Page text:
Sanctions against Iran represent a failure of Obama’s foreign policy

Iran fails to comply with the International community.  The West condemns the Islamic Republic’s inability to cooperate with nuclear non-proliferation.  The UN Security Council imposes new sanctions on Iran.  This familiar narrative was reaffirmed as the Security Council voted 12 to 2 (with Lebanon abstaining) in favour of new sanctions.  President Obama said that the vote sends an “unmistakable message” to Iran.  Indeed it does; for all the oratory, US foreign policy has changed little since the dark days of the Bush years.

After Obama’s failure to condemn Israel for its massacre of 9 civilians aboard a flotilla carrying aid to besieged Gaza, yesterday’s action from the US demonstrates that the lofty rhetoric of the president’s Cairo speech is as distant a reality as ever.  The progressive foreign policy needed to match Obama’s domestic reforms remains elusive.

The unilateral mentality is still there. The vote’s notable naysayers (Turkey and Brazil) have attempted to pursue their own negotiations with Tehran.  By forcing through these sanctions the Obama administration has clearly shown it will not support this direction; the EU is to be the only legitimate partner in any uranium enrichment deal.  Yet the unilateral moment is in its twilight and these watered-down sanctions betray America’s need to rely on Sino-Russian approval in dealing with Iran. 

There is still an abject failure to recognise what Iran’s international policy, which clearly includes its nuclear programme, is fundamentally about.  That is, a desire for recognition from the international community that Iran is an independent sovereign polity.  Iran has decided that nuclear weapons help to reaffirm this status yet so does diplomacy.  Witness the way the regime engineered a major diplomatic incident in 2007 by taking 15 British sailors hostage in the Gulf, almost entirely choreographed in order for Ahmadinejad to present himself as an international statesman.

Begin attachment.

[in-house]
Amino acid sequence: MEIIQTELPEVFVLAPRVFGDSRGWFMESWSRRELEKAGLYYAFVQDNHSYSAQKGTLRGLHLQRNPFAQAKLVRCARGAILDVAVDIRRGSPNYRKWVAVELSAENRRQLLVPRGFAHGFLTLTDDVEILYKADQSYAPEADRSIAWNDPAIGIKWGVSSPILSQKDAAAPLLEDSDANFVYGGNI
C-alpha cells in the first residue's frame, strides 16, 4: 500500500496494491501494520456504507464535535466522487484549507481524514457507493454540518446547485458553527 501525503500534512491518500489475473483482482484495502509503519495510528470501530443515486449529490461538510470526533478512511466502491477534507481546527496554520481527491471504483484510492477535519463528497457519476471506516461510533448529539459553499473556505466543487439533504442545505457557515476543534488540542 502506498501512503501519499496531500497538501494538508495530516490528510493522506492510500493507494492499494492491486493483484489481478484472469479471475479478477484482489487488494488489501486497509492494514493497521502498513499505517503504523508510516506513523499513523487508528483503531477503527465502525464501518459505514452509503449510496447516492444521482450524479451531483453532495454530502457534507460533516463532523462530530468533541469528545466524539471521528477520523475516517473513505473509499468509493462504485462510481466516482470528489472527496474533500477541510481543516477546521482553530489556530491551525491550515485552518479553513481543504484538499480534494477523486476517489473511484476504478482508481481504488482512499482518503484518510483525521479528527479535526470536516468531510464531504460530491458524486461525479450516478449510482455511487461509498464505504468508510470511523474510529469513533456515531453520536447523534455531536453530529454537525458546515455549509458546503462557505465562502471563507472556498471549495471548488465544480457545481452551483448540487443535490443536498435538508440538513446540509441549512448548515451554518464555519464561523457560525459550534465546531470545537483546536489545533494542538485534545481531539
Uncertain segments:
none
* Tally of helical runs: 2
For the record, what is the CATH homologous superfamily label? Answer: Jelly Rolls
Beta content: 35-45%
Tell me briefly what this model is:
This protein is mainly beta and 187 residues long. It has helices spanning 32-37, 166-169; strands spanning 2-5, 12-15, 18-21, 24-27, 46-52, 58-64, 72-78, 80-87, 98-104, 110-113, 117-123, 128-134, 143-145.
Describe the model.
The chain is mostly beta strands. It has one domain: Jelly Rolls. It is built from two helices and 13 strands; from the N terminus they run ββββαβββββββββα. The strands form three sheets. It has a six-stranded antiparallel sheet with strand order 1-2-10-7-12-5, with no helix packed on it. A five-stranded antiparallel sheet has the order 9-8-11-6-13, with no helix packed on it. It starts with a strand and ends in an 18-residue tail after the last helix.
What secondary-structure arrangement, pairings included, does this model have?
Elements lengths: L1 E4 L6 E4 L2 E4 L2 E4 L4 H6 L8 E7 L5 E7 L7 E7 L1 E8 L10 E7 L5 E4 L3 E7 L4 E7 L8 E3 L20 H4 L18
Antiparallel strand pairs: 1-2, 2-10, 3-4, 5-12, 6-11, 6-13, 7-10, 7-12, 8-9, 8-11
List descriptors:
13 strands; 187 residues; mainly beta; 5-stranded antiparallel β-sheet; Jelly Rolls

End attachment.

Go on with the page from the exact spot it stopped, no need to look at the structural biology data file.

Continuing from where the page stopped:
Treating Iran like one of Bush’s rogue states is a fruitless and unrealistic policy.  Does the alternative involve our complicity in legitimising a regime which so brutally punished genuine democratic stirrings amongst its people in last year’s election?  Far from it.  That movement was a reaction to the style of politics Obama had flaunted throughout his meteoric rise to the presidency.  In contrast this recent display of threatening behaviour from the administration merely enables Ahmadinejad and the theocrats above him to construct America as an enemy of Iran, an enemy of Islam etc.

The current policy is dangerously out of touch with reality; sanctions are normally a bad idea, but especially so when they are as impotent as the ones proposed in resolution 1929.  As James Lindsay of the influential Council on Foreign Relations remarks, ‘The expectation that the new sanctions can be beat make it likely that Tehran will respond to the resolution’s passage with more defiance and bluster’. Taking a superior stance will enflame the situation yet the Obama administration appears to be trapped by the same delusions of imperium that informed Bush’s foreign policy.  Potential adversaries are seen as absolute ideological competitors; potential allies as simply vehicles for conferring legitimacy on US decisions (Britain, as sycophantic as ever, may continue to indulge America in this fantasy but as Brazil and Turkey’s proactive approach and the material growth of China shows, it is a dying breed).  Until the Obama administration appreciates why Bush’s foreign policy was so disastrous and starts to take multilateralism seriously it will fail to find a successful solution to the Iran problem.

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